Is gender parity in corporate business leadership a possibility or a pipe dream? An MBA may hold the answer.
When it comes to gender equity, the numbers aren’t pretty: Women working full time still earn 81 cents on the dollar compared with their male counterparts according to US Bureau of Labor Statistics. According to Catalyst, only 4.2 per cent of Fortune 500 chief executives are women and only 17.3 per cent of board directors in the UK are women, followed by even smaller numbers in the US, Germany, Canada, China and Japan.
An MBA may help level the playing field. Forté Foundation found that an MBA could boost a woman’s lifetime earning potential by $3m. In a survey of 2012 graduates, the Graduate Management Admission Council, which administers the GMAT business school entrance exam, found that women reported salary increases of 70 per cent on average over their pre-degree salary – comparable with men’s increases. Past research by executive search firm Spencer Stuart notes that 39 per cent of S&P 500 chief executives have an MBA. Also in 2011 42 of the chief executives of Fortune 100 companies had an MBA, more than any other advanced degree.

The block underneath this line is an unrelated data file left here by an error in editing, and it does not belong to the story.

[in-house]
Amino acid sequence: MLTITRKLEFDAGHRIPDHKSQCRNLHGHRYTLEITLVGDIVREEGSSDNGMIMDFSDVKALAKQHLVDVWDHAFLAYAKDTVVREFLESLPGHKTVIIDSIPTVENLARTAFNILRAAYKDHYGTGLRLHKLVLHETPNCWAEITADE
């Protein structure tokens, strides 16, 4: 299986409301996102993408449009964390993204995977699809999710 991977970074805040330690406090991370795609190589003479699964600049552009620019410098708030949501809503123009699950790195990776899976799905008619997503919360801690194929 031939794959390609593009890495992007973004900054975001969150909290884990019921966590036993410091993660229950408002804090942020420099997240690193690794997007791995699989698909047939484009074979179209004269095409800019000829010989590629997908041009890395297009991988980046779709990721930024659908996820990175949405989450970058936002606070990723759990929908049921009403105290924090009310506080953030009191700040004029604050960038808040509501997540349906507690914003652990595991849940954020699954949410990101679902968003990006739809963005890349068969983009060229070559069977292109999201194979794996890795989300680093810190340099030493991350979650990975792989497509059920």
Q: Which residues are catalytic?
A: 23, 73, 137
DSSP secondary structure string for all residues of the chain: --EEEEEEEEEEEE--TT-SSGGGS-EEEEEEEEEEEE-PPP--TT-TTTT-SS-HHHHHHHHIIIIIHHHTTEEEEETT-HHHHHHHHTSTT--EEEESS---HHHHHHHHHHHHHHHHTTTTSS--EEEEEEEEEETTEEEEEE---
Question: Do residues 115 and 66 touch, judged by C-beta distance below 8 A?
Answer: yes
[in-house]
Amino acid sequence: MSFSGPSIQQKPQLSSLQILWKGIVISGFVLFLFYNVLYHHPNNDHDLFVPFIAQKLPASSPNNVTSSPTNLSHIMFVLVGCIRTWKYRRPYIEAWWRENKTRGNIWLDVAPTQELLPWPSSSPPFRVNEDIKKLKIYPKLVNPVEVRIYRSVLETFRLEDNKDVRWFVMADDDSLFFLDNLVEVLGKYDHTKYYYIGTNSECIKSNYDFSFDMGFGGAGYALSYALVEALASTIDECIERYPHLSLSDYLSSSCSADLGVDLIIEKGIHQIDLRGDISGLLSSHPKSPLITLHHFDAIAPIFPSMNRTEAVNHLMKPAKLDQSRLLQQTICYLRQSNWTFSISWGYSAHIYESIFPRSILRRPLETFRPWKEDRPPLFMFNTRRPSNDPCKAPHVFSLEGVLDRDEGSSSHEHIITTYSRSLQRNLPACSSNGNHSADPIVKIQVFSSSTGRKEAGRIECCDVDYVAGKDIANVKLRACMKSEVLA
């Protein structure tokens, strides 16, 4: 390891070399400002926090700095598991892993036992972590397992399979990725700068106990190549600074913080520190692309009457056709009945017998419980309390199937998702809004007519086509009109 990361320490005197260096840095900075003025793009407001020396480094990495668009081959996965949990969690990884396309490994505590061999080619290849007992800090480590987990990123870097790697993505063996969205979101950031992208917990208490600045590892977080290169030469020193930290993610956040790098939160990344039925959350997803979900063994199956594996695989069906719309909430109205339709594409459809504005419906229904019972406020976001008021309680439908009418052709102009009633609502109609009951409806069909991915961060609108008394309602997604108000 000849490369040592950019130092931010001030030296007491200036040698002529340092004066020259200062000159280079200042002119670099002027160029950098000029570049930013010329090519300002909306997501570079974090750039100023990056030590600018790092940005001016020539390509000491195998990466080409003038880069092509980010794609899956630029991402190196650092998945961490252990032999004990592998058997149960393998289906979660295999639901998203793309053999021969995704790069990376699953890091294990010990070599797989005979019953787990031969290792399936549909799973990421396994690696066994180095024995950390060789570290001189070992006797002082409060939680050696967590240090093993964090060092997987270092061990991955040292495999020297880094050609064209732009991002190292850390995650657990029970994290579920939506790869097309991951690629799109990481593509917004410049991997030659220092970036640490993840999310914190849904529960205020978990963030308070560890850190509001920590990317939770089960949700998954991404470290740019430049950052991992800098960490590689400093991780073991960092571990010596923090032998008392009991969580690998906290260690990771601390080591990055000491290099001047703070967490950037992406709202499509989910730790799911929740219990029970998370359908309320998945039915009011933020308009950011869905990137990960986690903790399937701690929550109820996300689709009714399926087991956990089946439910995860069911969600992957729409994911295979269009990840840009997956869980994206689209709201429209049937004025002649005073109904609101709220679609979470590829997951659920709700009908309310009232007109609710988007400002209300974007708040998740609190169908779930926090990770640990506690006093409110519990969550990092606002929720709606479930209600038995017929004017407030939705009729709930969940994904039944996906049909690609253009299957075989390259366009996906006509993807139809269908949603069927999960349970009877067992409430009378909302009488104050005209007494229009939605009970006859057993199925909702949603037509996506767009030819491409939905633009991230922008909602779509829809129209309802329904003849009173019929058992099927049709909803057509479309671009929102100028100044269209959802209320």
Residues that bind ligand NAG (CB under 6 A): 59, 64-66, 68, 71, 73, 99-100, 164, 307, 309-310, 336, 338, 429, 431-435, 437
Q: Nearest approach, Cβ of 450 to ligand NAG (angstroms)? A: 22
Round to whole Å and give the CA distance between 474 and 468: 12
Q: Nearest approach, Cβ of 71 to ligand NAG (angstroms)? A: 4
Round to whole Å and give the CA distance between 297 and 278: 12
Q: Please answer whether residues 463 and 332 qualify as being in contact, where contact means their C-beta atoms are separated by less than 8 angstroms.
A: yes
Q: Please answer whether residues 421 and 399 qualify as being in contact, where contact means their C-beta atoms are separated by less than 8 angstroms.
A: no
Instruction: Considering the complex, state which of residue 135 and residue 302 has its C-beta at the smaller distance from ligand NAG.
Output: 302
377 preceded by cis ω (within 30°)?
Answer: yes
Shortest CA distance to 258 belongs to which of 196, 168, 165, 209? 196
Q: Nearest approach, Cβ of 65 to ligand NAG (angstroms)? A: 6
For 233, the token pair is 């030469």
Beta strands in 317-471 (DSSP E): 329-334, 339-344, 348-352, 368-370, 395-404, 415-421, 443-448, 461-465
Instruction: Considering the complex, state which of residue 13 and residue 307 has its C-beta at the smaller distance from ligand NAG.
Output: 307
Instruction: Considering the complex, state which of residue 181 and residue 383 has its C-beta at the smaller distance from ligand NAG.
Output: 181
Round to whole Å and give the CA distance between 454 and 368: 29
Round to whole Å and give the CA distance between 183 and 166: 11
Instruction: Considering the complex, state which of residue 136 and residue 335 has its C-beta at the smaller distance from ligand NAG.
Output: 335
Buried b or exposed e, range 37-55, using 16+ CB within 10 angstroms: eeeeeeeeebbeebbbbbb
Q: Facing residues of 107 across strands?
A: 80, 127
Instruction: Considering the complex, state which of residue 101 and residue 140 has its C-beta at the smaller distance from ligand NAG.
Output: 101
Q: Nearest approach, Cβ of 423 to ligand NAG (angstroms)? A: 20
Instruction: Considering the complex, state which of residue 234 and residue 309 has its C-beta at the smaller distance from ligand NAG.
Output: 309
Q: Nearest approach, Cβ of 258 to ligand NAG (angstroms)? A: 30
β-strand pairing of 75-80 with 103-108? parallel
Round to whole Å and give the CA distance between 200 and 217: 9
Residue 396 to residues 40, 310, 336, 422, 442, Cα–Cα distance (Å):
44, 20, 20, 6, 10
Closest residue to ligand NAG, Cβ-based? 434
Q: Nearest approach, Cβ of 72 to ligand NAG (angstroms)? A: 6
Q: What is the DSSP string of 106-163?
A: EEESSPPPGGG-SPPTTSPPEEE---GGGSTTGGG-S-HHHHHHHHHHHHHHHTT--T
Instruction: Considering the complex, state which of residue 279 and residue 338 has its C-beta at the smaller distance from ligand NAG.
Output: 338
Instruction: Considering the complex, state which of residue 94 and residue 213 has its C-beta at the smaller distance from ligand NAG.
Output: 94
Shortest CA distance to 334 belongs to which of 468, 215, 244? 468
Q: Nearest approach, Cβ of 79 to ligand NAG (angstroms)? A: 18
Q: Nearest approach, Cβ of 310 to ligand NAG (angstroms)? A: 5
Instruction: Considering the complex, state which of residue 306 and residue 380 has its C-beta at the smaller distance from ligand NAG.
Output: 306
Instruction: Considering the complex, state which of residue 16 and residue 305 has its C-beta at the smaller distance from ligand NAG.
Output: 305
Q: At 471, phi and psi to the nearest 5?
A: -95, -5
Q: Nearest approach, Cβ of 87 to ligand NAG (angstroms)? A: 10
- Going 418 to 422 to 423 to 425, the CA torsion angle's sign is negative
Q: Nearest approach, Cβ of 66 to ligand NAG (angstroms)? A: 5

Earning an MBA can also open up additional career options for women, who are more likely to switch jobs than men. Women hold an average of eight jobs over the course of a career, vs seven for men, according to an October survey by Citi and LinkedIn.